1980s

pic8214. ‘Bophuthatswana House’ protest

Three young anti-apartheid supporters joined a demonstration at the opening of an ‘embassy’ for the Bophuthatswana Bantustan in Holland Park, West London on 7 September 1982. ‘President’ Lucas Mangope was given a special travel document by the British government to attend the opening. The government refused to recognise Bophuthatswana as an independent state and ‘Bop House’ had no diplomatic status.

pic8215. ‘Bophuthatswana House’ protest

Anti-apartheid supporters protested outside the reception at the opening of an ‘embassy’ for the Bophuthatswana Bantustan in Holland Park, West London on 7 September 1982. ‘President’ Lucas Mangope was given a special travel document by the British government to attend the opening, but the government refused to recognise Bophuthatswana as an independent state and ‘Bop House’ had no diplomatic status.

pic8212. ‘Free Nelson Mandela’ cycle ride

On 11 October 1982 the AAM launched a new campaign for the release of Nelson Mandela in response to a request from Oliver Tambo. On the eve of the launch supporters took part in a ‘Free Nelson Mandela’ sponsored cycle ride from Richmond Park to Trafalgar Square. Next day the AAM launched an international petition calling for Mandela’s release and held a torchlight vigil outside the South African Embassy.

mda05. ‘Free Nelson Mandela’ international petition

This petition was launched on 11 October 1982, International Day of Solidarity with South African Political Prisoners. At the same time, the Free Nelson Mandela Co-ordinating Committee was set up to ask sympathetic groups to organise events to celebrate Nelson Mandela’s 65th birthday on 18 July 1983.

gov19. AAM Memorandum for meeting with the Home Secretary

On 14 March 1982 undercover South Africa agents planted a bomb at the ANC’s London office which did extensive damage. The bomb followed a series of burglaries at the offices of the AAM and other Southern African solidarity groups. This memorandum was presented to the British government by representatives of the AAM at a meeting with the Home Secretary on 13 October 1982. It asked the government to investigate the activities of staff at the South African Embassy in London. It alleged that South Africa used London as a centre for planning subversive activities against independent African states.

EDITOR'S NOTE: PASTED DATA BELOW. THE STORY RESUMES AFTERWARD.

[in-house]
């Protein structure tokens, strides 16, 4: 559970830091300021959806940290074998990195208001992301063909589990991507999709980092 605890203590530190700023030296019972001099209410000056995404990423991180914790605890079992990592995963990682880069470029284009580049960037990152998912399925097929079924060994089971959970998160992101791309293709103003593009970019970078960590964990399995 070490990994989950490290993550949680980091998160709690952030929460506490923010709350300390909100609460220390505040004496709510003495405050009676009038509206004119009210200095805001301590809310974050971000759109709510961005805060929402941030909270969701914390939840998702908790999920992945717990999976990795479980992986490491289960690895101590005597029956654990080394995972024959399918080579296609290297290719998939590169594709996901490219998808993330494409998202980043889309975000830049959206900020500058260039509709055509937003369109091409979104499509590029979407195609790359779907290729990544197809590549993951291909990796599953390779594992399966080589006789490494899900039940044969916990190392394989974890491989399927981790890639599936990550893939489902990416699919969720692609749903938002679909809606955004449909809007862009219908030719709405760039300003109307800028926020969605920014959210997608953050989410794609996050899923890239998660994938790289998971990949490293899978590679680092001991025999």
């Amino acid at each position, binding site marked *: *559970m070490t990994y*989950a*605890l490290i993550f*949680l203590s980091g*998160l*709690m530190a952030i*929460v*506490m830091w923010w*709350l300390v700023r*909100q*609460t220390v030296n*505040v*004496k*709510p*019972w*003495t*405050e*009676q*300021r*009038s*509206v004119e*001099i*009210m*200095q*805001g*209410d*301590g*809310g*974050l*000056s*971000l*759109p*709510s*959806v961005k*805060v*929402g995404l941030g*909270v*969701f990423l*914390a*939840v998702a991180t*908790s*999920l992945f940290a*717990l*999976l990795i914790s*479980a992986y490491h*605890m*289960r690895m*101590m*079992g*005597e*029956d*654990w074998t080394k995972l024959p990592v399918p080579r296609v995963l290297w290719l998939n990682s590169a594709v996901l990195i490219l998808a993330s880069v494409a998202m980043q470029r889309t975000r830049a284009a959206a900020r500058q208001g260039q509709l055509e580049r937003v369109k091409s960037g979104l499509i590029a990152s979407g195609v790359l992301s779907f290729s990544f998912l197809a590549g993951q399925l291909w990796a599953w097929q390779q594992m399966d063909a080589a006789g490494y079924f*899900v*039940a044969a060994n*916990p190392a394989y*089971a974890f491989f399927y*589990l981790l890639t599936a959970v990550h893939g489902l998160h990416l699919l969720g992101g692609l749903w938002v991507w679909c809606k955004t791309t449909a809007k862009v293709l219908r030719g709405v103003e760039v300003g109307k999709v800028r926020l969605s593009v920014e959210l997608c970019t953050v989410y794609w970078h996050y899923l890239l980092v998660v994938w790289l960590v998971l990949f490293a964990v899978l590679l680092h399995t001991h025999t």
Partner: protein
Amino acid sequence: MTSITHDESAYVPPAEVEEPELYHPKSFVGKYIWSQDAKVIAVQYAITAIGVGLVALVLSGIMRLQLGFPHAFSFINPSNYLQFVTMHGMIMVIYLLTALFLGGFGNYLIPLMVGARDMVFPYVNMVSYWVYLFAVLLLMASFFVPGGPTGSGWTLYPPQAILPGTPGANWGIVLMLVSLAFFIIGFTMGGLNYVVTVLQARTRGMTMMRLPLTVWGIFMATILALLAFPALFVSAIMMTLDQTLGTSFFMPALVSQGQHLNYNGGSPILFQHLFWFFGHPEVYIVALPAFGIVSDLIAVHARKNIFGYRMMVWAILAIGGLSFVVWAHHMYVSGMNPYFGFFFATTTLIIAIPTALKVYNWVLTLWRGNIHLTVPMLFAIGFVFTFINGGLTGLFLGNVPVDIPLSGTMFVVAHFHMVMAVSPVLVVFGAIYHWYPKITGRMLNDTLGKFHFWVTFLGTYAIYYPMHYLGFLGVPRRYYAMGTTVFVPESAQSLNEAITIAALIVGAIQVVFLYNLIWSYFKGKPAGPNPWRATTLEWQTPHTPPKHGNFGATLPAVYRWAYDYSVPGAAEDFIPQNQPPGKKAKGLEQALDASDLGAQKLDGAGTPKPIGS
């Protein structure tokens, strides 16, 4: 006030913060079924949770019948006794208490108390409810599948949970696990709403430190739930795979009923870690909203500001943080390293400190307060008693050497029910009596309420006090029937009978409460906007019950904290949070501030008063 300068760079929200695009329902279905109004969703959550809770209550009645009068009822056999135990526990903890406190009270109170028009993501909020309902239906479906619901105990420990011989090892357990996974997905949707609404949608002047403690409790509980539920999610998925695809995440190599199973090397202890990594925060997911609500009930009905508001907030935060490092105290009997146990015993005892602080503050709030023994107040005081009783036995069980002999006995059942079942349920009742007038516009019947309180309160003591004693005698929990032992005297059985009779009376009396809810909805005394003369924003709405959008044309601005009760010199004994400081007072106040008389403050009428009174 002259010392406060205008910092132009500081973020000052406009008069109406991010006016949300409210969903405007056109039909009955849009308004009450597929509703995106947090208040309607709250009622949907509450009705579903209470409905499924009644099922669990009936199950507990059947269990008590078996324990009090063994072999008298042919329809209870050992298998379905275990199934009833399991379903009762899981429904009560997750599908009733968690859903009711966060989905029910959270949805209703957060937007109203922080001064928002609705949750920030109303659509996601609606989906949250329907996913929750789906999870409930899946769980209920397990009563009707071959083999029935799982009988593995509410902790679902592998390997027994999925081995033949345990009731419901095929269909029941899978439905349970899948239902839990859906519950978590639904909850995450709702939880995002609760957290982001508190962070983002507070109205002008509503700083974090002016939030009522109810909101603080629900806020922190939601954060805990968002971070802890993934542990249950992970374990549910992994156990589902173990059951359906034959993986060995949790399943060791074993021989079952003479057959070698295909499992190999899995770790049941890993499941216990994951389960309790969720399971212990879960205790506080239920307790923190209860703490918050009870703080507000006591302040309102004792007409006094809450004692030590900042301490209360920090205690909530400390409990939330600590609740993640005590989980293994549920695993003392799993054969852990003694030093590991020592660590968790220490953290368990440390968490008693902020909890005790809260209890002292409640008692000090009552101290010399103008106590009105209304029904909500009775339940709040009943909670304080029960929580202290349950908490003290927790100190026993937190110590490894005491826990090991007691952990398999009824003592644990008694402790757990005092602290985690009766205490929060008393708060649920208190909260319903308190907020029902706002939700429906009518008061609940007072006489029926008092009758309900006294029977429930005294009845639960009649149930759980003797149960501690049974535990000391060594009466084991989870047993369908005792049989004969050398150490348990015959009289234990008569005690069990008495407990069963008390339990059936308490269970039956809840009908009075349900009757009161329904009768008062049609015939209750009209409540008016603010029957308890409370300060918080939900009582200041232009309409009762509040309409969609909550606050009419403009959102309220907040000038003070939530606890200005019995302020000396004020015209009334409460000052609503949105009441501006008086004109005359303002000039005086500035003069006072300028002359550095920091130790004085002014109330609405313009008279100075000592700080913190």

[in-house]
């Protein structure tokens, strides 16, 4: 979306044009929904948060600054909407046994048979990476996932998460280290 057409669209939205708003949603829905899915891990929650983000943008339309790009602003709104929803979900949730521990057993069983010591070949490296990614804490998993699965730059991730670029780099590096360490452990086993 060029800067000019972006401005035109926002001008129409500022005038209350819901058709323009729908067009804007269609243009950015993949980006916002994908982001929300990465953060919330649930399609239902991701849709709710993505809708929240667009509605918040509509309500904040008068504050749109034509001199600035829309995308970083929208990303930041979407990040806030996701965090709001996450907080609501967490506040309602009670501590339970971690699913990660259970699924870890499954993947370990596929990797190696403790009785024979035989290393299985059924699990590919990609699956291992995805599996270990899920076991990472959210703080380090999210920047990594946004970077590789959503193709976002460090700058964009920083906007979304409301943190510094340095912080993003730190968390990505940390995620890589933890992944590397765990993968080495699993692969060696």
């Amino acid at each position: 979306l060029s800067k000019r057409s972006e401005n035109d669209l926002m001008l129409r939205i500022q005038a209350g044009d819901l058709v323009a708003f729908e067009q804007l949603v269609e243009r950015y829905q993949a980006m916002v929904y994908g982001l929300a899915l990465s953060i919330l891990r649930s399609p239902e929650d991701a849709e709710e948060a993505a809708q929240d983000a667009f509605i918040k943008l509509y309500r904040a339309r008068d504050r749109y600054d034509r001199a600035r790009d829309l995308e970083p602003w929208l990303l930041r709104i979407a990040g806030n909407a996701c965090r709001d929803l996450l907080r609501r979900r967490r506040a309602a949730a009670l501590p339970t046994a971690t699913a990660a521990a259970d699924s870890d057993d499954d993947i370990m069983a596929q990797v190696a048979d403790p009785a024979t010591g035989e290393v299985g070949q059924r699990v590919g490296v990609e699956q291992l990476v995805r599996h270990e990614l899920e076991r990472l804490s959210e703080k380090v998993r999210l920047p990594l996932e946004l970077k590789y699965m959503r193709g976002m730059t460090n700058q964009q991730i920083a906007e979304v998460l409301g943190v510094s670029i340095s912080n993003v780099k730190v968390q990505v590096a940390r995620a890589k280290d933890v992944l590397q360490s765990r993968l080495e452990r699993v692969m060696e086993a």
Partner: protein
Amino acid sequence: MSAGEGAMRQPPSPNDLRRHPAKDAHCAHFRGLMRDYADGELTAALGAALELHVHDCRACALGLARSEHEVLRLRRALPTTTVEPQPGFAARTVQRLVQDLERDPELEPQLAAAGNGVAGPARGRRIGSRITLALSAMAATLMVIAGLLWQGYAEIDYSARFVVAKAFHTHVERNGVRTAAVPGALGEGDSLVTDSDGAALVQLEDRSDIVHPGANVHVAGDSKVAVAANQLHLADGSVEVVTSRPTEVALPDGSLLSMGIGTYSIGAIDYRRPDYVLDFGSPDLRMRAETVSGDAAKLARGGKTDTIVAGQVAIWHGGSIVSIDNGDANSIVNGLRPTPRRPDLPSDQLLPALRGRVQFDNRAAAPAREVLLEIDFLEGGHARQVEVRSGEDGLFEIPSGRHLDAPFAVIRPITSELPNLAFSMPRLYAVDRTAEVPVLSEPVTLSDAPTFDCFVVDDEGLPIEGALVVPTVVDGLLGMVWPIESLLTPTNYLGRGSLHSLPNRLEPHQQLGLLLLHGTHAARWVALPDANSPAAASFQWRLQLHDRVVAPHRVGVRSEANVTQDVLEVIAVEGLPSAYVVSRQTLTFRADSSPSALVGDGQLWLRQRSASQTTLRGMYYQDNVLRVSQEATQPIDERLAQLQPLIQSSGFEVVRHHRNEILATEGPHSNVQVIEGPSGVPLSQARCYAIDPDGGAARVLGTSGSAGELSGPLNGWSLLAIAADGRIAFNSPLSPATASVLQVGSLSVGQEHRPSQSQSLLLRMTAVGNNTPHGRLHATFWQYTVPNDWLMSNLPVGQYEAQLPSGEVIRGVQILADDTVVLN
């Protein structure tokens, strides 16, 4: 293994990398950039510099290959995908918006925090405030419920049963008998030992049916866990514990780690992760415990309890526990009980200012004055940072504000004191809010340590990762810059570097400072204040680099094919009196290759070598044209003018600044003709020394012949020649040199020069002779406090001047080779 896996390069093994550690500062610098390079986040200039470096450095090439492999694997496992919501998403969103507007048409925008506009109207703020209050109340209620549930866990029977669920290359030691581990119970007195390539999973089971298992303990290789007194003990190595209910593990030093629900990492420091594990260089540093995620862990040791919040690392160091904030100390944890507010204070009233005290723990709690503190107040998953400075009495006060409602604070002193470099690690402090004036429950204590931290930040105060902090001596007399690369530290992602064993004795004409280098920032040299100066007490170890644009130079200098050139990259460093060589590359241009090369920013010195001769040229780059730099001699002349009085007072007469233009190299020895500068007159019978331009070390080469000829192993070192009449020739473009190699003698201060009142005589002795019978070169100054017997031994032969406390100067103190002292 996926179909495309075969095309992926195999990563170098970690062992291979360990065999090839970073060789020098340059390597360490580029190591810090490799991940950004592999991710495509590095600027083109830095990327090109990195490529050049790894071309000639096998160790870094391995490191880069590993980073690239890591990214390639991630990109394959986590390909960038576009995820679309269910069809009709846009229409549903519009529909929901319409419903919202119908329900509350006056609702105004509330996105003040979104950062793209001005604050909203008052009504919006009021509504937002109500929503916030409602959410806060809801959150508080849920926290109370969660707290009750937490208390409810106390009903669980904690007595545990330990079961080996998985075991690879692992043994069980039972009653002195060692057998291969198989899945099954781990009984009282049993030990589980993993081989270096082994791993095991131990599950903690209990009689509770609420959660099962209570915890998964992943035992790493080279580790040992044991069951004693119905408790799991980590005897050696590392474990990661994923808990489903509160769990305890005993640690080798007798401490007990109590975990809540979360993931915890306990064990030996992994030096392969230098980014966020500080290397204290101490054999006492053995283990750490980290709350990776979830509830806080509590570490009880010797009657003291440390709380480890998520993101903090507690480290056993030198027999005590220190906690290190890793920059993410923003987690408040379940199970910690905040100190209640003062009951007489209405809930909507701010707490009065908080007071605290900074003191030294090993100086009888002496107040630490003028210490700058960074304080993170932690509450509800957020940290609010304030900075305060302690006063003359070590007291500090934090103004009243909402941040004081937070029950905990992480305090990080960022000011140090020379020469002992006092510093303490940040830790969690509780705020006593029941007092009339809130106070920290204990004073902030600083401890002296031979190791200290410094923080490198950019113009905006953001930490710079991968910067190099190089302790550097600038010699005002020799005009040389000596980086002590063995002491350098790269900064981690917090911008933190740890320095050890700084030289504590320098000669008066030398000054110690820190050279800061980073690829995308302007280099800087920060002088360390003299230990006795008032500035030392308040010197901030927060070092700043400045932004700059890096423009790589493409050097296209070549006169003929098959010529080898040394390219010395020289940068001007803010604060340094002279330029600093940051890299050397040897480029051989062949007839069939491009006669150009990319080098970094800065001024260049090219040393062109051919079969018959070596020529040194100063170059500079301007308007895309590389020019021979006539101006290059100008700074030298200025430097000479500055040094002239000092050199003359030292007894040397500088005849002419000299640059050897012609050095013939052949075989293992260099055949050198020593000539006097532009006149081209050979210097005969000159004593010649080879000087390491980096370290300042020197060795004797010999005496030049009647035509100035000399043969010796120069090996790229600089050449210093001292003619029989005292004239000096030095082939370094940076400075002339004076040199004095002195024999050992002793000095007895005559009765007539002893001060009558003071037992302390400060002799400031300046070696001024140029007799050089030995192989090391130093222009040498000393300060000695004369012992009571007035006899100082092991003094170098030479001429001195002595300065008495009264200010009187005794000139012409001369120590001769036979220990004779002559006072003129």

pic8217. Namibia Week of Action

Anti-apartheid supporters outside the London offices of Blue Star Port Line during the Week of Action on Namibia organised by the AAM and the Namibia Support Committee, 27 October to 3 November 1982. The company was running a shipping service to Walvis Bay in defiance of UN rulings. Other British companies operating in Namibia were targeted during the week. A former worker at RTZ’s Rossing uranium mine, Arthur Pickering, and a representative of SWAPO’s Women’s Council, Frieda Williams, spoke at 50 meetings all over Britain.

pic8211. Picket of Shirley Bassey concert, Cardiff

Wales AAM supporters asked Shirley Bassey to speak out against apartheid when she appeared at St David’s Hall, Cardiff in November 1982. The year before, she performed in Sun City, South Africa, breaking the cultural boycott. Shirley Bassey grew up in Cardiff’s multiracial Butetown area.

pic8218. AAM Trade Union Conference

The AAM’s trade union conference held on 27 November 1982 was a milestone in winning support from British trade unions. TUC General Secretary Len Murray spoke on an AAM platform. The TUC declared its unequivocal support for economic sanctions against South Africa for the first time. The conference was attended by 264 delegates from 160 trade union organisations. Left to right: AAM Hon. Secretary Abdul Minty, TUC General Secretary Len Murray, General Secretary of the Transport and General Workers Union Jack Jones, and the AAM’s Trade Union Officer Chris Child.